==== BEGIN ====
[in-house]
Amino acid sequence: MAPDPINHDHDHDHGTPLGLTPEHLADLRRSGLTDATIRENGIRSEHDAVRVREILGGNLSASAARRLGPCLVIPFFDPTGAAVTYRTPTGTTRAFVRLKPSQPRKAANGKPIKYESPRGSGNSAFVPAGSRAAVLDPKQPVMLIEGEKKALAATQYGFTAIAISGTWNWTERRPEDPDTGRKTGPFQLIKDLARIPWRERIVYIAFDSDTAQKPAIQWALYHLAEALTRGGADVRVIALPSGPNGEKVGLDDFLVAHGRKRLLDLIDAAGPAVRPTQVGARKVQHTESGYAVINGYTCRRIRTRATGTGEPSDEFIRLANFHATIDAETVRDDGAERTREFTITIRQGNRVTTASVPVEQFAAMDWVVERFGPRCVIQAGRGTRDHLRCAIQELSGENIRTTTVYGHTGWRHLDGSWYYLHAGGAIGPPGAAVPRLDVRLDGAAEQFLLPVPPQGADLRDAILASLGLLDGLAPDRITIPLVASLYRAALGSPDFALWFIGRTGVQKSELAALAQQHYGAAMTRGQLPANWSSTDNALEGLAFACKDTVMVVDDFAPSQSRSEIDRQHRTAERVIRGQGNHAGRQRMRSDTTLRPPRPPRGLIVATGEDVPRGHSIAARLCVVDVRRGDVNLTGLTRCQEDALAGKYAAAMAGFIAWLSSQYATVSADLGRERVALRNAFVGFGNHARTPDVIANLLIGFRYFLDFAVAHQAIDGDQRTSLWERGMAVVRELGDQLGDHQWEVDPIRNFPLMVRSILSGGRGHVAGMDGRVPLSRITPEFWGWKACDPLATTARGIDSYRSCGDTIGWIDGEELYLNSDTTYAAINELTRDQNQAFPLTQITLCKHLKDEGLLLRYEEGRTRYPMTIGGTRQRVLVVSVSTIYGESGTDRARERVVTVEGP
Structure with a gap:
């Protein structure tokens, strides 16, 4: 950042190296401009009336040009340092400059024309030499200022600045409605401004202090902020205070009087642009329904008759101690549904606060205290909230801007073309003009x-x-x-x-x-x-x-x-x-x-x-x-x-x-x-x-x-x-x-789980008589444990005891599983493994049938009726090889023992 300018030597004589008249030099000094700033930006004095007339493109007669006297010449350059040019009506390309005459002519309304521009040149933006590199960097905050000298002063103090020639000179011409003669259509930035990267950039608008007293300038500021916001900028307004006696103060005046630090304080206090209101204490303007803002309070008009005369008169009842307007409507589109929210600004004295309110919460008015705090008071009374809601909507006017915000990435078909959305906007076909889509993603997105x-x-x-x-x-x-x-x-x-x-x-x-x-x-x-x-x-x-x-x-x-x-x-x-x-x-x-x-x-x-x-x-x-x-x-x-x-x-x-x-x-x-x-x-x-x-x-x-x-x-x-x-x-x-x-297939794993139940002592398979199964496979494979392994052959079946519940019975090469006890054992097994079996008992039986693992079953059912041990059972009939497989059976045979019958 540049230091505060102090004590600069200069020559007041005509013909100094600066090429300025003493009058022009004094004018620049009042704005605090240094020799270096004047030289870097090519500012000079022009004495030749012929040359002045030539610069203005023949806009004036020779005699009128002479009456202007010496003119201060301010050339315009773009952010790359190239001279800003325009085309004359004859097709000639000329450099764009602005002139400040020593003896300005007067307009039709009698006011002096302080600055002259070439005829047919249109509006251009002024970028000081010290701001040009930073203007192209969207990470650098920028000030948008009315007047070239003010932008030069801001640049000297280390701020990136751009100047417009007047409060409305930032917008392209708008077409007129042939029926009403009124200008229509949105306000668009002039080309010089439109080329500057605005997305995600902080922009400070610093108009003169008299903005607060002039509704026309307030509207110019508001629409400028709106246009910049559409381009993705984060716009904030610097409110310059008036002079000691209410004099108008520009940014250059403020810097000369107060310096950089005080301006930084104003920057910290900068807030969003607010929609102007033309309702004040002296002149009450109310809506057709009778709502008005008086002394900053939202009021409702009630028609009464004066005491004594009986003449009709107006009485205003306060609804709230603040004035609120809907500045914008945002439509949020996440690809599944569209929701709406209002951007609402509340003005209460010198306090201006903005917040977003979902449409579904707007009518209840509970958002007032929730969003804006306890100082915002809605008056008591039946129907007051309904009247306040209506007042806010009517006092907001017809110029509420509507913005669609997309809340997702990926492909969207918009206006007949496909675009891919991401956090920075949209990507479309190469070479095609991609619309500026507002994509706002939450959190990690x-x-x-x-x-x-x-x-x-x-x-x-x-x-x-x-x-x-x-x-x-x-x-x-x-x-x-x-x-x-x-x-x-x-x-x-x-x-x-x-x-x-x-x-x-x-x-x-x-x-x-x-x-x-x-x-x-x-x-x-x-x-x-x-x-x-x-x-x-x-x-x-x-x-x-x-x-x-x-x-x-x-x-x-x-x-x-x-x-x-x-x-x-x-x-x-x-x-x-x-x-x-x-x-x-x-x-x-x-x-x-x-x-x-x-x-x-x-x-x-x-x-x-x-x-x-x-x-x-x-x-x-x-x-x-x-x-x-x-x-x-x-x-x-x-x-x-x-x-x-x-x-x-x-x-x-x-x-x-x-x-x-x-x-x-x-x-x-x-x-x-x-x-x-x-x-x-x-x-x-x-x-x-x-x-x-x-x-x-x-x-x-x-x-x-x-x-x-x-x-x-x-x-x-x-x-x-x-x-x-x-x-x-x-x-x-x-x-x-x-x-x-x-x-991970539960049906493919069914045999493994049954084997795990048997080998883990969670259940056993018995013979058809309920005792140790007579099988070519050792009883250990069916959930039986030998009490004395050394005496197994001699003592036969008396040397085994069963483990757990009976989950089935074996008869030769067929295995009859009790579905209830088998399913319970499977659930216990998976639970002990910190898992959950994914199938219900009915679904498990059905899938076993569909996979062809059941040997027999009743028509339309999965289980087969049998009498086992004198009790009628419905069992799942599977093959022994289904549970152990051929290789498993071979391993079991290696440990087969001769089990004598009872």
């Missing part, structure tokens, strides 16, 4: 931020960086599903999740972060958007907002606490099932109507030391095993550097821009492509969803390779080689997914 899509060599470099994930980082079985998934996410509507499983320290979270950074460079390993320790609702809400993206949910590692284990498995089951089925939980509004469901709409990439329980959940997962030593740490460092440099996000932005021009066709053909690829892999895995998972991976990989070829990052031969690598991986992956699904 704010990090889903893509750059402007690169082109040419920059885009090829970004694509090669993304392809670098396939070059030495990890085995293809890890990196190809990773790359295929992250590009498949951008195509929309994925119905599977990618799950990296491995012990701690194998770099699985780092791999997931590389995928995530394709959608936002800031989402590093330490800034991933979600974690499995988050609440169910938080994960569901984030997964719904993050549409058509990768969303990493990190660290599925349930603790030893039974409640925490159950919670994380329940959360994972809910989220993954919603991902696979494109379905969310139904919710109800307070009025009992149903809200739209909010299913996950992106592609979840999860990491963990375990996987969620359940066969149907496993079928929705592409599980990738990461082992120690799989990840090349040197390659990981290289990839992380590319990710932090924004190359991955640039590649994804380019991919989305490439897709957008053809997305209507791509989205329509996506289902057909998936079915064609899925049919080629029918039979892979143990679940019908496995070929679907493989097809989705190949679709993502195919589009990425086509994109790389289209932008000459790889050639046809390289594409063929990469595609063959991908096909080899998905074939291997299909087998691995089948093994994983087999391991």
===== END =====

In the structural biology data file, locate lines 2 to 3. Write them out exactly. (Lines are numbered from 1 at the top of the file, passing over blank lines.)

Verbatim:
Amino acid sequence: MAPDPINHDHDHDHGTPLGLTPEHLADLRRSGLTDATIRENGIRSEHDAVRVREILGGNLSASAARRLGPCLVIPFFDPTGAAVTYRTPTGTTRAFVRLKPSQPRKAANGKPIKYESPRGSGNSAFVPAGSRAAVLDPKQPVMLIEGEKKALAATQYGFTAIAISGTWNWTERRPEDPDTGRKTGPFQLIKDLARIPWRERIVYIAFDSDTAQKPAIQWALYHLAEALTRGGADVRVIALPSGPNGEKVGLDDFLVAHGRKRLLDLIDAAGPAVRPTQVGARKVQHTESGYAVINGYTCRRIRTRATGTGEPSDEFIRLANFHATIDAETVRDDGAERTREFTITIRQGNRVTTASVPVEQFAAMDWVVERFGPRCVIQAGRGTRDHLRCAIQELSGENIRTTTVYGHTGWRHLDGSWYYLHAGGAIGPPGAAVPRLDVRLDGAAEQFLLPVPPQGADLRDAILASLGLLDGLAPDRITIPLVASLYRAALGSPDFALWFIGRTGVQKSELAALAQQHYGAAMTRGQLPANWSSTDNALEGLAFACKDTVMVVDDFAPSQSRSEIDRQHRTAERVIRGQGNHAGRQRMRSDTTLRPPRPPRGLIVATGEDVPRGHSIAARLCVVDVRRGDVNLTGLTRCQEDALAGKYAAAMAGFIAWLSSQYATVSADLGRERVALRNAFVGFGNHARTPDVIANLLIGFRYFLDFAVAHQAIDGDQRTSLWERGMAVVRELGDQLGDHQWEVDPIRNFPLMVRSILSGGRGHVAGMDGRVPLSRITPEFWGWKACDPLATTARGIDSYRSCGDTIGWIDGEELYLNSDTTYAAINELTRDQNQAFPLTQITLCKHLKDEGLLLRYEEGRTRYPMTIGGTRQRVLVVSVSTIYGESGTDRARERVVTVEGP
Structure with a gap: